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Coming in Hot! Recap of AAP Febrile Infant Guidelines

July 27, 2022

Written by Davin Brar

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The AAP recently released further guidance on the workup and treatment of febrile infants aged 8-60 days. See below for a short recap of these important recommendations.

Editor’s note: We covered the original article, but this was a concise synopsis that’s a helpful refresher. ~Clay Smith

Why does this matter?
Balancing the workup and treatment of febrile infants can be difficult. We don’t want to miss serious bacterial infection (SBI), but we also don’t want to subject infants to unnecessary tests, invasive procedures, or costly hospitalizations. Using evidence-based guidelines can help diagnose SBI, ensure a safe disposition for febrile infants, and reduce unnecessary resource utilization and healthcare costs. 

Recapping the febrile infant rule
The AAP recently released new guidelines for febrile infants aged 8-60 days. Patients included in this guideline had to be previously healthy, well appearing, term (>37 weeks gestation), and 8-60 days old with a temperature ≥38.0°C. Patients were excluded if they had evidence of focal bacterial infection, clinical bronchiolitis, immunocompromise, congenital abnormalities, or if they received vaccinations in the previous 24 hours.

The AAP addressed several issues since prior recommendations including age-based risk stratification, changes in bacteriology, prevalence of bacterial meningitis, subjectivity of characterizing “well appearing infants,” cost of unnecessary care, availability of testing, and implementing shared decision making.

The AAP provided three algorithms (see links below) for diagnostic testing of febrile infants 8-21 days, 22-28 days, and 29-60 days old. There are several nuances to these recommendations, and they range from strong to weak quality of evidence. You should really read the entire paper, but we have summarized some of the key points below.

Infants aged 8-21 days
Similar to prior recommendations, infants aged 8 to 21 days should undergo a complete sepsis workup (A, strong), receive parenteral antibiotics (A, strong), and be hospitalized (B, moderate).

Infants aged 22-28 days
Infants aged 22-28 days should receive urinalysis (UA, and a urine culture if positive), blood culture, and inflammatory markers (IM) (A, strong). The decision to obtain CSF is dependent on the UA and IM as well as clinical discretion (B, moderate). This differs from prior recommendations in that some febrile infants 22-28 days old may not require a lumbar puncture (LP), and some may not even need to be hospitalized. Infants aged 22-28 days can be discharged home if the UA, IM, and CSF are all normal and follow up in 24 hours can be arranged (B, moderate). Physicians may administer parenteral antibiotics to infants treated at home even if the UA, IM, and CSF are all normal (C, moderate).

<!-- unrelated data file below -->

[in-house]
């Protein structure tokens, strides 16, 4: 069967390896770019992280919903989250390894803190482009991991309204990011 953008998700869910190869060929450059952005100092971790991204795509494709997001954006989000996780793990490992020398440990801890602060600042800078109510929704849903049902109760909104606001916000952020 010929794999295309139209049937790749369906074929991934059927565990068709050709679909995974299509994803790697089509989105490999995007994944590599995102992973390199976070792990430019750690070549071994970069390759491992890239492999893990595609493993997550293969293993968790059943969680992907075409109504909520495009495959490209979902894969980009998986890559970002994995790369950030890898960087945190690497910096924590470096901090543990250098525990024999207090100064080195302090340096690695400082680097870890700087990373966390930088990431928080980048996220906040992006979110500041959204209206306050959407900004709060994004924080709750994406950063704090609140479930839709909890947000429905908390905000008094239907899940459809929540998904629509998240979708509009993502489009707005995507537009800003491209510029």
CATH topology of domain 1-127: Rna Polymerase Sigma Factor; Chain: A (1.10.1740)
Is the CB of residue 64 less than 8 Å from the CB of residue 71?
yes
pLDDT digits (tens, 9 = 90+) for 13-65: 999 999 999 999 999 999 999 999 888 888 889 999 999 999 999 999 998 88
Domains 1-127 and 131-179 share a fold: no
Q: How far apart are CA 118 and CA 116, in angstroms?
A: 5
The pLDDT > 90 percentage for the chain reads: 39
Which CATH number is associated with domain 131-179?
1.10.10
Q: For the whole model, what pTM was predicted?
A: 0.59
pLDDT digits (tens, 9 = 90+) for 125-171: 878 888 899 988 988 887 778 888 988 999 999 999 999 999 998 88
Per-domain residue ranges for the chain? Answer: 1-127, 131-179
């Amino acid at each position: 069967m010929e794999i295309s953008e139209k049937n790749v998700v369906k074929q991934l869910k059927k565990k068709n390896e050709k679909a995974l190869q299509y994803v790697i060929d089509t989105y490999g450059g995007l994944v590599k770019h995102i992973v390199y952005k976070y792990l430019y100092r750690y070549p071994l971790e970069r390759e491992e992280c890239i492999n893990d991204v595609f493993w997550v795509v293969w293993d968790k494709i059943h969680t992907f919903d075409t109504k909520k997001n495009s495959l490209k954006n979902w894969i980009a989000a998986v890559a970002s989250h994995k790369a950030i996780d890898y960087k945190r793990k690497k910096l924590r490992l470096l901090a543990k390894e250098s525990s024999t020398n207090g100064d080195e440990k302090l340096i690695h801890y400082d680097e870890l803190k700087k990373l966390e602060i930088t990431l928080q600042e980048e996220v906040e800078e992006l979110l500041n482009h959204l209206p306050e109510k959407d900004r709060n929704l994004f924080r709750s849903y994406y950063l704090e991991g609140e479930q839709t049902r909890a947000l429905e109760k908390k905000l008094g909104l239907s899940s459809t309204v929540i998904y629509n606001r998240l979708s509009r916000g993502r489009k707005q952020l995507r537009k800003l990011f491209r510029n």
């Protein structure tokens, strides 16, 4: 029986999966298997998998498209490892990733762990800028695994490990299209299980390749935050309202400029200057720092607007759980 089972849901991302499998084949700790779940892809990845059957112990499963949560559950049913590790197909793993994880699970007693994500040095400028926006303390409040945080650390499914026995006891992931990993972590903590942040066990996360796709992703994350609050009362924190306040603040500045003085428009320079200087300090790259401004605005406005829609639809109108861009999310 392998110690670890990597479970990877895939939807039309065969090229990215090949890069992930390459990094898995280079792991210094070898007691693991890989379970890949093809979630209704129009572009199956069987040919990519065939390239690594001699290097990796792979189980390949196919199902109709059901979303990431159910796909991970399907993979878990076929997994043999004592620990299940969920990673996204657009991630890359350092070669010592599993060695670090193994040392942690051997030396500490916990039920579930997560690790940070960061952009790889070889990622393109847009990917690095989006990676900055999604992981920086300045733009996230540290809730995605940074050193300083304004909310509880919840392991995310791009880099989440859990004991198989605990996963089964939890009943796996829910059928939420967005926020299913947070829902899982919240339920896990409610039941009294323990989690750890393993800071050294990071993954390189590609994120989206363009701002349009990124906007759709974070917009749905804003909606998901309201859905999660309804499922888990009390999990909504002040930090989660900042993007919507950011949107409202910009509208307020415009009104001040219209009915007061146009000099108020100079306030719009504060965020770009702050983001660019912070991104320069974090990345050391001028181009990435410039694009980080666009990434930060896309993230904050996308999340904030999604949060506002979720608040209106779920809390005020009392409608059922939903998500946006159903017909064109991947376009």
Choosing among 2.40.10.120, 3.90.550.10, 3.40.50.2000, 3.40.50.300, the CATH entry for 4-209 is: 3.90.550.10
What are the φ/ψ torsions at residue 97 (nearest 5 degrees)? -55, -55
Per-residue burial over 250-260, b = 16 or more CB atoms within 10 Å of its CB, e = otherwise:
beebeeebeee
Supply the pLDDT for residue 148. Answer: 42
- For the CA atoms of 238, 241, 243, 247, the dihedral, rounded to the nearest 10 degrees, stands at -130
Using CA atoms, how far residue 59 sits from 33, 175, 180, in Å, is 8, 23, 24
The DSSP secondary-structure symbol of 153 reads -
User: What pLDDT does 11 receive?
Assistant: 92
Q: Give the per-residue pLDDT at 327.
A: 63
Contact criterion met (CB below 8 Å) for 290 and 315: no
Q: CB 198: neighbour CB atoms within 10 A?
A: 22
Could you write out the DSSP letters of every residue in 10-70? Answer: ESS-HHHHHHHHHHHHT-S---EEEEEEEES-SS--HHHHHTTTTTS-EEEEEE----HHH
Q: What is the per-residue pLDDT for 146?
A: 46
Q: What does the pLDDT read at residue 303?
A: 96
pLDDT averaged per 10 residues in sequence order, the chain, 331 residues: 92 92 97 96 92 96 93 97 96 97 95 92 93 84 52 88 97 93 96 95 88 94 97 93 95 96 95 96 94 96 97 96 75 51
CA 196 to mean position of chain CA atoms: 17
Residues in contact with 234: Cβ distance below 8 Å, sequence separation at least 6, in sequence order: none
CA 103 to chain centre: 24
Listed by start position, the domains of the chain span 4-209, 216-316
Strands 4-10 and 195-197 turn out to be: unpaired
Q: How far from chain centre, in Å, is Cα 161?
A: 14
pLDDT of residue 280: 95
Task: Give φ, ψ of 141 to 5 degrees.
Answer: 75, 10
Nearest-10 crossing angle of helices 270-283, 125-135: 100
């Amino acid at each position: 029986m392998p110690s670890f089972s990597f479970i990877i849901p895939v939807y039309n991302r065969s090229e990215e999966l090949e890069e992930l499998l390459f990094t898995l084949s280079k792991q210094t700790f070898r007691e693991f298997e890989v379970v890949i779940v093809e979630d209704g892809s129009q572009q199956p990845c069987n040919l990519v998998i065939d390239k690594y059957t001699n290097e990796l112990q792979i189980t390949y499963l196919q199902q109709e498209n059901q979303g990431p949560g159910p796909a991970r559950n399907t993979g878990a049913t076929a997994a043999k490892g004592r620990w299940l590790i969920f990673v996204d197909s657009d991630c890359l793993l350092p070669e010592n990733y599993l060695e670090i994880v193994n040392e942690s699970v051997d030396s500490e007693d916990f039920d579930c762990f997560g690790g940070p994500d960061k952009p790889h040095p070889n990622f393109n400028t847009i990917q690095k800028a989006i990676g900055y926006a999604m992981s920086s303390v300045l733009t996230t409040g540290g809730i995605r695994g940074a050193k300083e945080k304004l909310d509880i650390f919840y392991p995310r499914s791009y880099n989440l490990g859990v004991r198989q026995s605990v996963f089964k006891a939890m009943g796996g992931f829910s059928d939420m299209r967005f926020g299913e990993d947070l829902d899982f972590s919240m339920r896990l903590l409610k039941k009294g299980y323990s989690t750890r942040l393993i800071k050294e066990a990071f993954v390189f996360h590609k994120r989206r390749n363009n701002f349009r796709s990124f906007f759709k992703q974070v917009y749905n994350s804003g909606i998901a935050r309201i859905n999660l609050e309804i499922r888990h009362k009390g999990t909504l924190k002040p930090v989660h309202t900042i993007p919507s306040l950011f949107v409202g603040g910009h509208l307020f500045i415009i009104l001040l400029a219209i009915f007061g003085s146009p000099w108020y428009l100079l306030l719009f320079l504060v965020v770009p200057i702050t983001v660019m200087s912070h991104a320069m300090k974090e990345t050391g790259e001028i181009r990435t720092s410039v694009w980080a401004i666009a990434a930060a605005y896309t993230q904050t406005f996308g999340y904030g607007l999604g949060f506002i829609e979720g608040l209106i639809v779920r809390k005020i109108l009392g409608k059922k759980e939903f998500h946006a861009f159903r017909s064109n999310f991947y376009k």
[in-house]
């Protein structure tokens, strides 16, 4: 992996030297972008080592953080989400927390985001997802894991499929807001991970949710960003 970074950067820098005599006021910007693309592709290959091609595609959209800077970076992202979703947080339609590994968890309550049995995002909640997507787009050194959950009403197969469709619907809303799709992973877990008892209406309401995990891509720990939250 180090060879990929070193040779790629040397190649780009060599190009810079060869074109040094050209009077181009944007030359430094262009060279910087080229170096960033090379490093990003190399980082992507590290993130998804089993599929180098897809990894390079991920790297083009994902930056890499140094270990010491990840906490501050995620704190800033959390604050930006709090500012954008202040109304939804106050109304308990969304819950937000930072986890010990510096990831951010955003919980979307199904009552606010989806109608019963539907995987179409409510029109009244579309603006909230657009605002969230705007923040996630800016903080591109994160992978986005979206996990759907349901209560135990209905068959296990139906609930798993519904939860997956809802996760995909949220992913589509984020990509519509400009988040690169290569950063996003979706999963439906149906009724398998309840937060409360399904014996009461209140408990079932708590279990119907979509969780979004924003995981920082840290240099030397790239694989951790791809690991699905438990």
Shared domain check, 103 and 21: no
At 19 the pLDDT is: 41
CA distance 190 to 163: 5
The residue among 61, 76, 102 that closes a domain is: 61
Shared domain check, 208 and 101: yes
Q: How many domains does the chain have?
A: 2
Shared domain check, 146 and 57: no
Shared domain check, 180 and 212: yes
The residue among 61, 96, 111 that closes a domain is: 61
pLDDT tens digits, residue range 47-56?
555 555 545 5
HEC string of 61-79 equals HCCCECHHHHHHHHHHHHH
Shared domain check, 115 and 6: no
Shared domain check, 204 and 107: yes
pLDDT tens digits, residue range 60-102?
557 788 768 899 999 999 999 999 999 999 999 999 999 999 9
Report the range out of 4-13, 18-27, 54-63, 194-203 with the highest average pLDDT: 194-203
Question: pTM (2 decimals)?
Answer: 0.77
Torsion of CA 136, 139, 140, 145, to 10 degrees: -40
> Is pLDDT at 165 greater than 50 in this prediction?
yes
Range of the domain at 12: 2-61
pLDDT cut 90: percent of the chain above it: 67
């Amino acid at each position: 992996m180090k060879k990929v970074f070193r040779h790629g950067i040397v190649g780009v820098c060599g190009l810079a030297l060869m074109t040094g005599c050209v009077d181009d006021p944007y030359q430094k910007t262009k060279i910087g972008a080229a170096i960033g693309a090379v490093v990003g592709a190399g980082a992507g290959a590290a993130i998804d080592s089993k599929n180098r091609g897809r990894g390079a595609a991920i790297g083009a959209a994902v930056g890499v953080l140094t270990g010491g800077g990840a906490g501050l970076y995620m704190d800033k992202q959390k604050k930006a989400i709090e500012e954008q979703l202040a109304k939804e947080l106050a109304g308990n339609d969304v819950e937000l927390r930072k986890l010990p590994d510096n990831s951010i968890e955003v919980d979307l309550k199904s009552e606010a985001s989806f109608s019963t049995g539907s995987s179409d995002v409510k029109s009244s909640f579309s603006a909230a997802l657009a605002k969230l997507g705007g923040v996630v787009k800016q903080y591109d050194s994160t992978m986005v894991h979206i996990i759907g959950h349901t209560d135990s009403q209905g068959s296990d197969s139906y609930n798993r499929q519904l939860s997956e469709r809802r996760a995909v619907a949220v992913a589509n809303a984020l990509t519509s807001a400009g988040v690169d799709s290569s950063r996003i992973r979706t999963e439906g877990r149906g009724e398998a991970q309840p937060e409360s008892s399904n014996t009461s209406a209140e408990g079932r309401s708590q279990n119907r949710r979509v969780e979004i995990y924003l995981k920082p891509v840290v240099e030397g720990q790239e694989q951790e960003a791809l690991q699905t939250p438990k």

Infants aged 29-60 days
Infants aged 29-60 days should get a UA, blood culture, and IM (A, strong). If the UA and IM are normal, CSF likely does not need to be obtained and patients may be observed at home (B, moderate). If IM are abnormal, consider a LP (C, weak), parenteral antibiotics (B, moderate), and hospitalization (B, moderate). If the UA is abnormal, urine culture should be obtained, and oral antimicrobials should be initiated if the IMs and CSF (if obtained) are all normal (B, strong).

Shared decision making also plays a significant role in these cases. Clinicians, health systems, and families will all have different risk tolerances when it comes to febrile infants. The AAP recommends using shared decision making with the family along with these guidelines to determine the best course of action regarding invasive testing, treatment, and disposition.

These guidelines are limited by location of practice, availability/timing of laboratory testing, and ability for patients to follow up as outpatients. In addition, the recommendations are relatively complex and don’t fully take into account the impact of viral testing. Further research could help simplify these guidelines and provide additional guidance on how to best care for febrile infants.

Here are the full guidelines from AAP:
Clinical Practice Guideline: Evaluation and Management of Well-Appearing Febrile Infants 8 to 60 Days Old | Pediatrics | American Academy of Pediatrics (aap.org)

Algorithms for Febrile Infant Management
See prior JournalFeed post.

Edited and Peer Reviewed by Sam Parnell

Clinical Guideline Synopsis of Evaluation and Management of Well-Appearing Febrile Infants Aged 8 to 60 Days. JAMA Pediatr. 2022 Jun 1;176(6):602-603. doi: 10.1001/jamapediatrics.2022.0066.

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